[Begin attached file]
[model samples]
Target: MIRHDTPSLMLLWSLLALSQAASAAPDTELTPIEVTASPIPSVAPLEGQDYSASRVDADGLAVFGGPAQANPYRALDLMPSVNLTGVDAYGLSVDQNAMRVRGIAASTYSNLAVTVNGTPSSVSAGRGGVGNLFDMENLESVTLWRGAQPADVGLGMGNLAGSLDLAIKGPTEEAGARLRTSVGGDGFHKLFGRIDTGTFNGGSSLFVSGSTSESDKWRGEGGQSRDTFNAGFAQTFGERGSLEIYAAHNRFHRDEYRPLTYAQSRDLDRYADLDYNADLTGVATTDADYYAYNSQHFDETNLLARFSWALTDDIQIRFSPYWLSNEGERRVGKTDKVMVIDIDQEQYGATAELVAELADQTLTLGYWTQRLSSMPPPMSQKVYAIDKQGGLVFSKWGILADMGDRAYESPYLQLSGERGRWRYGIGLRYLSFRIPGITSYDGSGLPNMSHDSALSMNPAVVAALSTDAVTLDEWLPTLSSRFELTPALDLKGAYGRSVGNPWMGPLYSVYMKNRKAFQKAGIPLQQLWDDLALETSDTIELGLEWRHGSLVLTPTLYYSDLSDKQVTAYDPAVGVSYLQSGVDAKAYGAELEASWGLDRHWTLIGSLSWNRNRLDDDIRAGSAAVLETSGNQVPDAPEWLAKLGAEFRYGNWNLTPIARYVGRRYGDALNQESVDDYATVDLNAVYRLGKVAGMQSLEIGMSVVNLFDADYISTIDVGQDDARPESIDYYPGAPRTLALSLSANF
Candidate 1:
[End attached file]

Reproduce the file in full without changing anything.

[model samples]
Target: MIRHDTPSLMLLWSLLALSQAASAAPDTELTPIEVTASPIPSVAPLEGQDYSASRVDADGLAVFGGPAQANPYRALDLMPSVNLTGVDAYGLSVDQNAMRVRGIAASTYSNLAVTVNGTPSSVSAGRGGVGNLFDMENLESVTLWRGAQPADVGLGMGNLAGSLDLAIKGPTEEAGARLRTSVGGDGFHKLFGRIDTGTFNGGSSLFVSGSTSESDKWRGEGGQSRDTFNAGFAQTFGERGSLEIYAAHNRFHRDEYRPLTYAQSRDLDRYADLDYNADLTGVATTDADYYAYNSQHFDETNLLARFSWALTDDIQIRFSPYWLSNEGERRVGKTDKVMVIDIDQEQYGATAELVAELADQTLTLGYWTQRLSSMPPPMSQKVYAIDKQGGLVFSKWGILADMGDRAYESPYLQLSGERGRWRYGIGLRYLSFRIPGITSYDGSGLPNMSHDSALSMNPAVVAALSTDAVTLDEWLPTLSSRFELTPALDLKGAYGRSVGNPWMGPLYSVYMKNRKAFQKAGIPLQQLWDDLALETSDTIELGLEWRHGSLVLTPTLYYSDLSDKQVTAYDPAVGVSYLQSGVDAKAYGAELEASWGLDRHWTLIGSLSWNRNRLDDDIRAGSAAVLETSGNQVPDAPEWLAKLGAEFRYGNWNLTPIARYVGRRYGDALNQESVDDYATVDLNAVYRLGKVAGMQSLEIGMSVVNLFDADYISTIDVGQDDARPESIDYYPGAPRTLALSLSANF
Candidate 1: